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P2H Lemgo: Germany’s first municipal power-to-heat plant

The Lemgo municipal utilities company (Stadtwerke Lemgo) covers 50 per cent of the city’s heat requirement through an extensive district heating network that includes combined heat and power (CHP) plants and large-scale thermal storage units. In 2012, the network was supplemented by Germany’s first power-to-heat plant operating in the public heat supply system, which was installed to store excess electricity from renewable energies in the form of heat.

The Lemgo municipal utilities company was quick to respond to the changing conditions in the electricity market and, as early as in 2010, it developed a concept for a power-to-heat (P2H) plant, because the available infrastructure (large-scale thermal storage units, use of CHP and existing heating network) provided ideal conditions for the introduction of P2H technology. With a capacity of five megawatts, the electric boiler then went into active operation in November 2012, becoming Germany’s first P2H plant in the public heat supply system.

Engine for progress:

  • Option for the storage of green surplus electricity
  • Opportunity to counteract network bottlenecks
  • Efficient and low-cost technology
  • Saving fossil energy sources

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Photo: Stadtwerke Lemgo

The power-to-heat plant, which went into operation in 2012, has a capacity of 5 megawatts and is integrated into the extensive district heating network that includes combined heat and power (CHP) plants and large-scale thermal storage units.



Storing green surplus electricity as heat

In connection with CHP-based district heating systems, power-to-heat represents a highly efficient, market-ready, cost-effective and uncomplicated technology enabling the sector coupling of power and heat. In 2015, around 5,000 gigawatt-hours of electricity from renewable energy sources were curtailed across Germany, because, especially on very windy days, the sluggish expansion of the power grids often resulted in network bottlenecks. Since the growth in wind and PV installations continues to be driven forward, it is safe to assume that such network bottlenecks will most likely continue to increase for the time being. In this case, P2H plants can ease the load on the power grids in network bottleneck situations by taking up the surplus electricity from renewable sources – which would otherwise be curtailed – and buffering it or making it available for use in the form of heat.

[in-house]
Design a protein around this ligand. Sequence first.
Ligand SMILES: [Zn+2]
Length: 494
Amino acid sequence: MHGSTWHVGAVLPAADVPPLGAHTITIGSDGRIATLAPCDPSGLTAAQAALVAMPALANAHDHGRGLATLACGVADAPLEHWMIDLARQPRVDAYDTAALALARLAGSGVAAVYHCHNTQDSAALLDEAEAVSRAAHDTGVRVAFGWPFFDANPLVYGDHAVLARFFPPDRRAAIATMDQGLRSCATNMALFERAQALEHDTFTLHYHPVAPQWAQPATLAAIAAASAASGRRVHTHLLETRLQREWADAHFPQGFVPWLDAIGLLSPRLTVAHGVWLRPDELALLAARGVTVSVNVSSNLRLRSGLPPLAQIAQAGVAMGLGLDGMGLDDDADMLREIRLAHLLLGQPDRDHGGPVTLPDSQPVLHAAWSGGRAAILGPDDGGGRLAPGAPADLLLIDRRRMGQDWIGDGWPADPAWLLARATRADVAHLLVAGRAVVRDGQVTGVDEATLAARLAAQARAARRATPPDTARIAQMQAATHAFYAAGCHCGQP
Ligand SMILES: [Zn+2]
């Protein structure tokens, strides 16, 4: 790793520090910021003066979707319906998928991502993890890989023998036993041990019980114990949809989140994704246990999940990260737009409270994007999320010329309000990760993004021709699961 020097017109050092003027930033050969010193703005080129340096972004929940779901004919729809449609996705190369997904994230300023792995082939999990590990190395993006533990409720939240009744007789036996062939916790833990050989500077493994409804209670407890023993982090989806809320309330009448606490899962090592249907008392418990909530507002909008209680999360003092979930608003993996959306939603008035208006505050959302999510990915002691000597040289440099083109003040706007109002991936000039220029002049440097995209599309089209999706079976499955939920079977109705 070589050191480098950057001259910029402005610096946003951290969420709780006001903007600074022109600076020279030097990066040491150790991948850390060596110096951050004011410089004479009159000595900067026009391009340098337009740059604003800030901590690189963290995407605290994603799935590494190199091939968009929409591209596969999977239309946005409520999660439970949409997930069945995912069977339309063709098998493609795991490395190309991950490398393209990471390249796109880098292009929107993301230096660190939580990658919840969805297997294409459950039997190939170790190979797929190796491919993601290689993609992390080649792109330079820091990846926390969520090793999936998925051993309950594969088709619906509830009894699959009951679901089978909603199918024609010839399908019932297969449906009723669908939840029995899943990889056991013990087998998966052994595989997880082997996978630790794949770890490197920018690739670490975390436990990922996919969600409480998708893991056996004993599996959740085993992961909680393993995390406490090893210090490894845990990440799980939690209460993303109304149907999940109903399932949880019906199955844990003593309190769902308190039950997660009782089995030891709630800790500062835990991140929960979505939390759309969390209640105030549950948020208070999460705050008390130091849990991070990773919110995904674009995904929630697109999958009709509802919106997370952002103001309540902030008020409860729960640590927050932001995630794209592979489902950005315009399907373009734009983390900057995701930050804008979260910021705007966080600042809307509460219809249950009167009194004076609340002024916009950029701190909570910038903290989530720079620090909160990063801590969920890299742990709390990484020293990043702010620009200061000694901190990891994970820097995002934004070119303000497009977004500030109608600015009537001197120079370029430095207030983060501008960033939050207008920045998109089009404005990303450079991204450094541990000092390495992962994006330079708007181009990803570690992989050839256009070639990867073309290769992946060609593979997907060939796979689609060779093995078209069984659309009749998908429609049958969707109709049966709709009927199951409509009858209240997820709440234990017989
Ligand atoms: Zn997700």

Sector coupling holds great potential – but there are impediments

P2H technology holds great potential for counteracting network bottlenecks whilst simultaneously making the most practical and efficient use of surplus electricity produced from renewables. The installation in Lemgo is therefore making a contribution towards achieving the energy transition and saving fossil primary energy in the process.

However, according to the project’s managers, the electricity market’s regulatory environment is currently preventing the plant from operating commercially. This is because the operators of P2H installations have to pay all of the levies placed on the purchase of electricity (such as electricity taxes, network charges and the renewable energy levy) themselves, even when the plants are offering flexibility functions that benefit the network – that is to say, providing important services for the stability of power grids. This led to corresponding adjustments being written into Germany’s Energy Industry Act in early 2017 and with it the first steps were taken towards the sector coupling of electricity and heat – however, the exceptions are thus far restricted only to those areas where the power grid is being further expanded, the so-called network bottleneck areas. To enable installations to operate on a sustainable and economically viable basis, and to promote the development of future-oriented technology, regulations specific to sector coupling will need to be written into law.


Photo: Stadtwerke Lemgo GmbH

“If the legislature creates a new regulatory framework, P2H technology holds great potential for counteracting network bottlenecks whilst simultaneously making the most practical and efficient use of surplus electricity produced from renewables.”

Uwe Weber, Head of the Electricity and Heat Generation Division, Stadtwerke Lemgo GmbH



Partners and sponsors


Partners:
  • Ing. Büro Rejek (Richter Nachf.)